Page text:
Submitted by Readers
The American Lung Association of the Mid-Atlantic sends our thoughts out to all of those affected by Hurricane Sandy.
With the passing of the hurricane, people are well aware of the damage a storm like this can have on their homes and neighborhoods, but it’s also important to understand the harm a hurricane can do to a person’s health.
Damp basements and leaking roofs give mold a good chance to grow. Exposure to mold can trigger allergic reactions and asthma symptoms in people who are allergic to mold. Anyone, with or without allergies, may experience irritation of the eyes, skin, nose, throat and lungs when exposed to airborne mold particles.
If you think that your house has mold you need to take action immediately. Breathing it in is a hazard and could affect you and your family’s lung health.
Call a professional to help clean any mold growth that covers more than 10 square feet.
For more information on your health after the storm, visit www.lung.org or the Hurricane and Flooding Resources page on our website.
President and CEO, American Lung
Association of the Mid-Atlantic
Camp Hill, Cumberland County
Trick-or-treaters’ manners applauded
On Oct. 31, Daisytown and Conemaugh Township, Cambria County, held their annual trick-or-treat activities. Despite the weather, my husband and I received approximately 140 costumed youths.
While some of these youths were younger children, there were also many middle school- and high school-aged youth participating.
It is always nice to see them having fun, rather than having nothing to do or getting into trouble. We would like to compliment all of these trick-or-treaters on their manners and politeness. They came to the door, smiled and said “trick or treat” or “happy Halloween.”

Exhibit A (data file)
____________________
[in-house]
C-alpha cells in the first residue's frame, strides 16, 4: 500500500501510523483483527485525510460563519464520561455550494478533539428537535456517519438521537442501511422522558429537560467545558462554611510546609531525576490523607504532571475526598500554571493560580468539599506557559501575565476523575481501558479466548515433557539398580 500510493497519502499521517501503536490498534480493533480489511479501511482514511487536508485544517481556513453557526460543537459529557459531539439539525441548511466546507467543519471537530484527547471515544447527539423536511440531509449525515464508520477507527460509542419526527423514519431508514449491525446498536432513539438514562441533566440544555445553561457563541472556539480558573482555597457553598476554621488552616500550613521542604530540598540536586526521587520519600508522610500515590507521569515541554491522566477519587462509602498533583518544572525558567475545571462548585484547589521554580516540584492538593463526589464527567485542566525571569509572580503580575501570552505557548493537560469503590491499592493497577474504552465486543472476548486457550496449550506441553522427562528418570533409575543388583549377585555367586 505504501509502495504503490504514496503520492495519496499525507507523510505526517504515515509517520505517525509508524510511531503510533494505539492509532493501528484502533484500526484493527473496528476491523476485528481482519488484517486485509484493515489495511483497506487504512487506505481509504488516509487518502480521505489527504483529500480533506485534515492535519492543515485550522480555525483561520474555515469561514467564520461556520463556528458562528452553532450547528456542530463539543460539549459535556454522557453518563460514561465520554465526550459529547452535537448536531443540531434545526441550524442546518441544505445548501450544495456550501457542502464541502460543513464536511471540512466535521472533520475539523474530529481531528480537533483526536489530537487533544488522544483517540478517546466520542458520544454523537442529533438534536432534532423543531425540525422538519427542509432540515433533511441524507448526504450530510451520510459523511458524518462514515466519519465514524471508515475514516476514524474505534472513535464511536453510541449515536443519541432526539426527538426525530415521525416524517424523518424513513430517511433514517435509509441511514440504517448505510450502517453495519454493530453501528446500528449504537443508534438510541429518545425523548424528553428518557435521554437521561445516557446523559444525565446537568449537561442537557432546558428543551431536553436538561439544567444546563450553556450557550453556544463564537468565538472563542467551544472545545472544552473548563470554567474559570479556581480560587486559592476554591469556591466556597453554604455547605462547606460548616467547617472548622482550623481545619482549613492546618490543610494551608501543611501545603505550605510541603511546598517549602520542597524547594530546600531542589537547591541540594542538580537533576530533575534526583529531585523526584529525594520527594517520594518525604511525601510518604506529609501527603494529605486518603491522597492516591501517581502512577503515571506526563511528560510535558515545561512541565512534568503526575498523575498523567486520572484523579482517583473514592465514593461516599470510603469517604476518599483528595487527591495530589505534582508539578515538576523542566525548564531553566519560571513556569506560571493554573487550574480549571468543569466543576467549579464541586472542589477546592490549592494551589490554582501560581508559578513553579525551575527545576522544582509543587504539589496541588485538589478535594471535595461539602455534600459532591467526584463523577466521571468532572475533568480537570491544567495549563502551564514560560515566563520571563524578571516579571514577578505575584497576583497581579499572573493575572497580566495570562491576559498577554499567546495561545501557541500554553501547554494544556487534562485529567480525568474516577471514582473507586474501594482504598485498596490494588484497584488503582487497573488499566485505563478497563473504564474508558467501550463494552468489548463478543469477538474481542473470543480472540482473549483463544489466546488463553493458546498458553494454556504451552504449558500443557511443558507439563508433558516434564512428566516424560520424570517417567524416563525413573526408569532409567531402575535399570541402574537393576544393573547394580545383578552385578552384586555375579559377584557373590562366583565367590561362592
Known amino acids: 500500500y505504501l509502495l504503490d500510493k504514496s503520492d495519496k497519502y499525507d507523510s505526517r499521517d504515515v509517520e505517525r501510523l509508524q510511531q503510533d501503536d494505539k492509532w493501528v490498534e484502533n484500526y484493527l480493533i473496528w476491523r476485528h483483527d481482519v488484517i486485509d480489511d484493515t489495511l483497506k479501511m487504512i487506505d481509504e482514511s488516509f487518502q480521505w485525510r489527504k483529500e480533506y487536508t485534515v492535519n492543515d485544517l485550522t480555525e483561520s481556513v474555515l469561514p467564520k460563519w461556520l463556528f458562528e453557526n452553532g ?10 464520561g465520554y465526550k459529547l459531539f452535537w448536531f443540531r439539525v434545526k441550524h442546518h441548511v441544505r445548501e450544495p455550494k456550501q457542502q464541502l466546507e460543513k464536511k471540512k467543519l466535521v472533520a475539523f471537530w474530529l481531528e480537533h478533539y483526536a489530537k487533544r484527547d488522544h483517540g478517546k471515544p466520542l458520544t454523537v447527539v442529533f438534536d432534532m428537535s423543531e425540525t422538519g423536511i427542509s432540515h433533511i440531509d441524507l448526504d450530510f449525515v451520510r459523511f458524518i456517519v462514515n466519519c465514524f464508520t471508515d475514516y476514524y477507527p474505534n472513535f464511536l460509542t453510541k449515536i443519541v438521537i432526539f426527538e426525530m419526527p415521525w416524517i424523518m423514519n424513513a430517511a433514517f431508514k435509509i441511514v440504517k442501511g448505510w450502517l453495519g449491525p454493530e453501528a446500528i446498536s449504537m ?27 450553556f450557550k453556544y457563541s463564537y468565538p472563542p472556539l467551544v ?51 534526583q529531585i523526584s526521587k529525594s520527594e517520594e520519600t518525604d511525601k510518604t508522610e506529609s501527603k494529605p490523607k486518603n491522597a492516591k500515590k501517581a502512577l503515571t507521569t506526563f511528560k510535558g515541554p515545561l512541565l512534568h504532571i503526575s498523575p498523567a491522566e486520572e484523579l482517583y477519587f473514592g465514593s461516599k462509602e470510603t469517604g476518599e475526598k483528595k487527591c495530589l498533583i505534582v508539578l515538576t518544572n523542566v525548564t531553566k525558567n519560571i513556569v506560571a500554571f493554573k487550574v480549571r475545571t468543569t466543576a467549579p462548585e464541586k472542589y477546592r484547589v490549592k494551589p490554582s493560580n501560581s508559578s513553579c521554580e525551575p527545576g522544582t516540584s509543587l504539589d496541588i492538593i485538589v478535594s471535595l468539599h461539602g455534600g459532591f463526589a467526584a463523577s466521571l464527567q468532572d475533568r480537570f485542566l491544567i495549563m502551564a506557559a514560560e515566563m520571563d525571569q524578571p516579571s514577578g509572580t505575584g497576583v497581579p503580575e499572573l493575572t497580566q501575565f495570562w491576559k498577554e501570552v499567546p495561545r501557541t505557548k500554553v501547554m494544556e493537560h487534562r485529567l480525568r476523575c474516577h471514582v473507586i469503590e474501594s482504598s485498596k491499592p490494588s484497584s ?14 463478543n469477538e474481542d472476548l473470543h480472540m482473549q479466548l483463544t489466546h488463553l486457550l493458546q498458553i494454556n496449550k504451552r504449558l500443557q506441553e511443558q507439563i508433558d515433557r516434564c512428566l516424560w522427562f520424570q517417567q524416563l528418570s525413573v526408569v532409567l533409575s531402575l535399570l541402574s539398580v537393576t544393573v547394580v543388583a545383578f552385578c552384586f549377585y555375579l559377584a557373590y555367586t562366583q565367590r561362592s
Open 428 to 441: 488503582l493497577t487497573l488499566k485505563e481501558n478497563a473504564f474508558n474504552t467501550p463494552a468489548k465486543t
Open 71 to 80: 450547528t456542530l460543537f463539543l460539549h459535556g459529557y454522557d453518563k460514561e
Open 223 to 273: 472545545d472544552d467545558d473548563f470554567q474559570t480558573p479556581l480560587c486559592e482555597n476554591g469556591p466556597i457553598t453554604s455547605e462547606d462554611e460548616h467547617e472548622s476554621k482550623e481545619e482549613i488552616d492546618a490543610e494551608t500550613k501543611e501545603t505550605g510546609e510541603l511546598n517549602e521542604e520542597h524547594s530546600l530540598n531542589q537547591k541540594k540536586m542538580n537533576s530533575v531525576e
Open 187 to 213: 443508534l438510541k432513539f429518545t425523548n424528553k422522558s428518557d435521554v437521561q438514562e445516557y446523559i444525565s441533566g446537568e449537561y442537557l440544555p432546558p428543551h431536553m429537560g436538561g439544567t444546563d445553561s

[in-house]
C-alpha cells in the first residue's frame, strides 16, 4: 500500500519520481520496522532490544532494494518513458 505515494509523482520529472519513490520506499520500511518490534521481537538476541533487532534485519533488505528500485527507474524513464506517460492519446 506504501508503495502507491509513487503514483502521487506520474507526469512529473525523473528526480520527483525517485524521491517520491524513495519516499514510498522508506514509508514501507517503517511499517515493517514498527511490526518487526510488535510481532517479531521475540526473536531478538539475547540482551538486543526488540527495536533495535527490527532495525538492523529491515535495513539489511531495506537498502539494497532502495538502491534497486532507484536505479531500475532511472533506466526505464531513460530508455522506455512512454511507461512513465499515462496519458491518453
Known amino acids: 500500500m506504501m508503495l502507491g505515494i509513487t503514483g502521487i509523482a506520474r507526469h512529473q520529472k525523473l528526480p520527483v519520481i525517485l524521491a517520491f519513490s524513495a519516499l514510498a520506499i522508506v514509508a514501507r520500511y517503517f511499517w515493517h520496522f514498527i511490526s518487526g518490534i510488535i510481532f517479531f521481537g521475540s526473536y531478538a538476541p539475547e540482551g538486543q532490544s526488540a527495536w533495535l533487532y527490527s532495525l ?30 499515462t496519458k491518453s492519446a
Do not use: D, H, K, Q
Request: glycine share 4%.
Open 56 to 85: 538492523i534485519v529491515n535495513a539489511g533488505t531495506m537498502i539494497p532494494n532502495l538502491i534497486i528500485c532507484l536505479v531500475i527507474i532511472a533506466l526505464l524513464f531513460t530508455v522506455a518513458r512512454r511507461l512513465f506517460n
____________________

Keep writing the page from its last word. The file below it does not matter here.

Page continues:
They weren’t greedy or inconsiderate as they chose their candy, and every one of them said “thank you.”
In this me-first society, it was nice to see politeness, manners and respect.
Congratulations. We applaud you and hope all of you had fun.
Verbal attacks mar youth football game
I have to comment on the letter of Nov. 1, “Football fracas not a one-sided affair”:
Let me say that the Conemaugh Valley coaches started the whole issue when one of our fans yelled at the refs to watch a certain number, that he was doing things he shouldn’t be doing.
Then a coach yelled, “Don’t make me want to come up there and kick your. ...”
This should not be tolerated at a youth sporting event. It then went downhill.
I ended up in a hospital because I am a high-risk pregnancy and was being verbally attacked by a coach, a fan and a cheerleader adviser, which was uncalled for. I didn’t do anything to provoke this situation.
I had a fan tell me he wanted to cut me up in little pieces and dispose of my body.
My husband is a coach and the Shade coaches never told those kids to play dirty; it was all on the CV heads.
A Shade coach went onto the field after the CV coaches; three of them came after him.
So don’t put this all on Shade.
Those kids were there to have fun. Conemaugh Valley ruined it for everyone.
I watched a coach try to attack a mother from their team on a sideline when she confronted him about something.
I saw one coach grab a child by the face mask and yell at him, telling him he doesn’t know how to tackle and he was not playing any more.
I also saw two of their coaches verbally attack our cheerleader adviser when she asked them to watch, that we had children in attendance.
Who would allow such stuff by coaches on a youth football program?
It was a disgrace and I was ready to pull my child off the field because of them being bullies.
Not all fans were like this. It was just a handful.
I would be ashamed to show such poor sportsmanship.
Maybe some people need to get their facts straight before putting the blame on one group.
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